The Seat of the Intellect

Birmingham Ledger

A man in a hospital in New York last week had a portion of his brain taken out entirely and he has recovered consciousness and will get well. The surgeons of to-day have cut away the stomach and men live without them; they have cut away one kidney and men live without it, and now they have cut away the brain and men live without them. We begin to wonder what is really essential to man; that the brain is the seat of the intellect is the commonly accepted theory, but if parts of it be taken away and the mind remains perfect, we get apprehensive that we have misplaced the mind.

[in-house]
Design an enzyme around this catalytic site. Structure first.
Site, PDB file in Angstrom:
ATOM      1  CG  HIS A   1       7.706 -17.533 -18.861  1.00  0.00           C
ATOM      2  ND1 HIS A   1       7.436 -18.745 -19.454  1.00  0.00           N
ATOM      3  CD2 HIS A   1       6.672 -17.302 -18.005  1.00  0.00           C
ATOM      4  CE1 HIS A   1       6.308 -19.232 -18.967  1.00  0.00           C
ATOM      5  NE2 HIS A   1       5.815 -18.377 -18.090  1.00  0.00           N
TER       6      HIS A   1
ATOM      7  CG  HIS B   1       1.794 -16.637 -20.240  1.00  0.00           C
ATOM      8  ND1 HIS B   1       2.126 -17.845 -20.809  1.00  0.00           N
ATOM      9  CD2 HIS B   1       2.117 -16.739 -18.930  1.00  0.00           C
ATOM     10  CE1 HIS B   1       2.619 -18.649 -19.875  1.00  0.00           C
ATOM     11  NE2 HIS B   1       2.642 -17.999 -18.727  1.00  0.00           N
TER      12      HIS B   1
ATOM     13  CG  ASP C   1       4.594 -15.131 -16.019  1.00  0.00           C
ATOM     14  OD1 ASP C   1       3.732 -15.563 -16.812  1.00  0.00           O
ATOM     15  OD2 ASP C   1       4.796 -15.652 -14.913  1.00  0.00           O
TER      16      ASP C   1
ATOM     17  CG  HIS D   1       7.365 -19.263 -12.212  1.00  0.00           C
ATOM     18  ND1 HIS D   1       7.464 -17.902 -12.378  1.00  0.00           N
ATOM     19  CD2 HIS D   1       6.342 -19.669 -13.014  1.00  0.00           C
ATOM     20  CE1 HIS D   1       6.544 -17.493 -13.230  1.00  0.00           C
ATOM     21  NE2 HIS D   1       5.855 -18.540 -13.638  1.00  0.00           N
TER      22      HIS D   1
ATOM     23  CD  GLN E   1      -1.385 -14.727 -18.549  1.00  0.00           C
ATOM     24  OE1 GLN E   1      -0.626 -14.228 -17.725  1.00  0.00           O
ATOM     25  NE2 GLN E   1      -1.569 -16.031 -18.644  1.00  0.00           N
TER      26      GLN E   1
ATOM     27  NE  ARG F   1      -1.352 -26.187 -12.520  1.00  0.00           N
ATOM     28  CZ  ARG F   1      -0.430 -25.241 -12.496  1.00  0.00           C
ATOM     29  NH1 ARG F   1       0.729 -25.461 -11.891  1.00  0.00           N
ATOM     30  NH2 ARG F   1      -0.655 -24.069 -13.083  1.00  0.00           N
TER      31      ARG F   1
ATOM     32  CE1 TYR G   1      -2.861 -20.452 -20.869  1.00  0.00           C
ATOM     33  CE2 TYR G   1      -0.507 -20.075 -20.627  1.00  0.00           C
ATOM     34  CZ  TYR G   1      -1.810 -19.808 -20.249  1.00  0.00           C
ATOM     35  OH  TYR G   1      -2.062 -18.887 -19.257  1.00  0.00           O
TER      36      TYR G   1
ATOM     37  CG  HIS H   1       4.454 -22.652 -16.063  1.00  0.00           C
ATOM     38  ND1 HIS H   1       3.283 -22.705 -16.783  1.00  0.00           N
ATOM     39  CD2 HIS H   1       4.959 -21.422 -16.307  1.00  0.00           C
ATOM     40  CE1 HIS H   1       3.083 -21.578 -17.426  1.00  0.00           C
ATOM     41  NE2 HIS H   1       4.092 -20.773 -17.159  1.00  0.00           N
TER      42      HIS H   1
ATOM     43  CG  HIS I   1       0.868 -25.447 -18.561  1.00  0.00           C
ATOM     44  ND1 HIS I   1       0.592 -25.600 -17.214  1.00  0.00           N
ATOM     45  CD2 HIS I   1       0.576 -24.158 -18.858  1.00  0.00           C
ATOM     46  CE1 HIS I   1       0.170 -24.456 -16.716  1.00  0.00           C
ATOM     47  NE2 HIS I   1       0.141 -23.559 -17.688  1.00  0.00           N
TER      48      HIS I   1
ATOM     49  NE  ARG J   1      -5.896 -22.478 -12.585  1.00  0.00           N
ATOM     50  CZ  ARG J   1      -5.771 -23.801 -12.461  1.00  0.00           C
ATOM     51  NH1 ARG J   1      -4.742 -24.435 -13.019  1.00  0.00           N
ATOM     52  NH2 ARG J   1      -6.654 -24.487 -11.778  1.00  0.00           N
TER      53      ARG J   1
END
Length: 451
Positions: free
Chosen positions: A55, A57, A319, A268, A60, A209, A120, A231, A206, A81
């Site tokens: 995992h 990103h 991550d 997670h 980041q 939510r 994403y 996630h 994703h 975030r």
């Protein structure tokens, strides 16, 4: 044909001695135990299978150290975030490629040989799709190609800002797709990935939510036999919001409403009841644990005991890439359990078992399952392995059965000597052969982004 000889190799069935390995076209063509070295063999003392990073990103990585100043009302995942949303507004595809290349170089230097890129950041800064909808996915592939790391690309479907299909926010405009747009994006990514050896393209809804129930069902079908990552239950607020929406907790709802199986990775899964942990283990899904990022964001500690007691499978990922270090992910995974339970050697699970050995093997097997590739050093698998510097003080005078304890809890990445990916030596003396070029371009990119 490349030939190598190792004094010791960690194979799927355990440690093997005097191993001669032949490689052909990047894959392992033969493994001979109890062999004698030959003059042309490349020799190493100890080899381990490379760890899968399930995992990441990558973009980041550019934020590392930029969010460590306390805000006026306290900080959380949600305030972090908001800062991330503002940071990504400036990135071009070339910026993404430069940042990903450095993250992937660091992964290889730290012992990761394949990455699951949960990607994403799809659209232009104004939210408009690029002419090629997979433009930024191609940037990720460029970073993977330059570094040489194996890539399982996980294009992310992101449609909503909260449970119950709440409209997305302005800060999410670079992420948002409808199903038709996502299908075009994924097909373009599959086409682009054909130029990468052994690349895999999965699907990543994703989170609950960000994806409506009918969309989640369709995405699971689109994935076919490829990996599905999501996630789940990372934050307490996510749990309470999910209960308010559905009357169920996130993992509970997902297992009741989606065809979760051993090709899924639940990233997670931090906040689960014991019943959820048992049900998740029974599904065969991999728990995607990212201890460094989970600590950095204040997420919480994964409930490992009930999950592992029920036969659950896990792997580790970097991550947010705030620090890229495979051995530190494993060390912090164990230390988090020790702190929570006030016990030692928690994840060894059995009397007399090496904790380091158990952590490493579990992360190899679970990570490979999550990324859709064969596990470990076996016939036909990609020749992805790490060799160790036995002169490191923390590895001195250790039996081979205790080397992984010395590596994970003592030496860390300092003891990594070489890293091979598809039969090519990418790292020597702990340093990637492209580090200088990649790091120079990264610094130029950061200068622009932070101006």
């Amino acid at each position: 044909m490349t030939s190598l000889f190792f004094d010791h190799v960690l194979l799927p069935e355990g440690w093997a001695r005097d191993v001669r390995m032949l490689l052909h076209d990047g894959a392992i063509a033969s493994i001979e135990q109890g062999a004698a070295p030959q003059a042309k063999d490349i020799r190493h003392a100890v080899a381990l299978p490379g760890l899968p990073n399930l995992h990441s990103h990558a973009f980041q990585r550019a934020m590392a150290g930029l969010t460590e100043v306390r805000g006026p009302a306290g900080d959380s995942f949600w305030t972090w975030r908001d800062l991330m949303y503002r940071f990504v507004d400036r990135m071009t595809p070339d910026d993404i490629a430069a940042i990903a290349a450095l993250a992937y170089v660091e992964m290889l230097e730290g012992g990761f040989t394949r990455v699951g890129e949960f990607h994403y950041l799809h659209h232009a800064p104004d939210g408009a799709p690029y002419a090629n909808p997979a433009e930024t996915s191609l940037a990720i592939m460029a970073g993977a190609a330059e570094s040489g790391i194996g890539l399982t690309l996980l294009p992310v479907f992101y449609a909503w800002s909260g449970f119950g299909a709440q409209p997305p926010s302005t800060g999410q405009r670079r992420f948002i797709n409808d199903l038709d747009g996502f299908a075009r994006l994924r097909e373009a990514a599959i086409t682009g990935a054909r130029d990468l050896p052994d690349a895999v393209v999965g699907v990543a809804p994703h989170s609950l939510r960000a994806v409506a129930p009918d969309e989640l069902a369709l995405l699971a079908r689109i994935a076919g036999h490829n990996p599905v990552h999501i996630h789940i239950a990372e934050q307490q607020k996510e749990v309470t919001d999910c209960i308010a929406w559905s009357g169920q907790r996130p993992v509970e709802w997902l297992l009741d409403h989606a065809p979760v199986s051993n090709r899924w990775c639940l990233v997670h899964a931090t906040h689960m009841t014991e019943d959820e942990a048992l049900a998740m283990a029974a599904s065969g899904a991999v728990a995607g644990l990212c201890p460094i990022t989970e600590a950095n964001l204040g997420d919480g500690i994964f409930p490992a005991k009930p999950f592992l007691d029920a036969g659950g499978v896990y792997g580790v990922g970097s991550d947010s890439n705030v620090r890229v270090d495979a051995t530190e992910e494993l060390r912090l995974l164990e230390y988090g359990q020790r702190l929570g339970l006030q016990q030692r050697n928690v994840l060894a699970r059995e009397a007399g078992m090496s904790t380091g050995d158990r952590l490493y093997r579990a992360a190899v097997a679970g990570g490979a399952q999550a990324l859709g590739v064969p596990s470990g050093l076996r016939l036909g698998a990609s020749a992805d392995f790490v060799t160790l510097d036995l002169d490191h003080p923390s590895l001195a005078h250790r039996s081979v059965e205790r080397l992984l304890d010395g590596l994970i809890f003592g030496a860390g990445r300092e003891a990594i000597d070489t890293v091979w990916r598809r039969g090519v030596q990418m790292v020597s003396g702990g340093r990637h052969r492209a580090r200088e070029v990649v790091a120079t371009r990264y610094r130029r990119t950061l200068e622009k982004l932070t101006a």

It may be possible, after all, that the mind is like the soul, without an exact seat in the body. It may be that it acts through the brain nerves and blood vessels, but it is not certain that we think with the brain any more than we think with the hand, or the foot, or the heart.

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The Lectures
February 20, 1902
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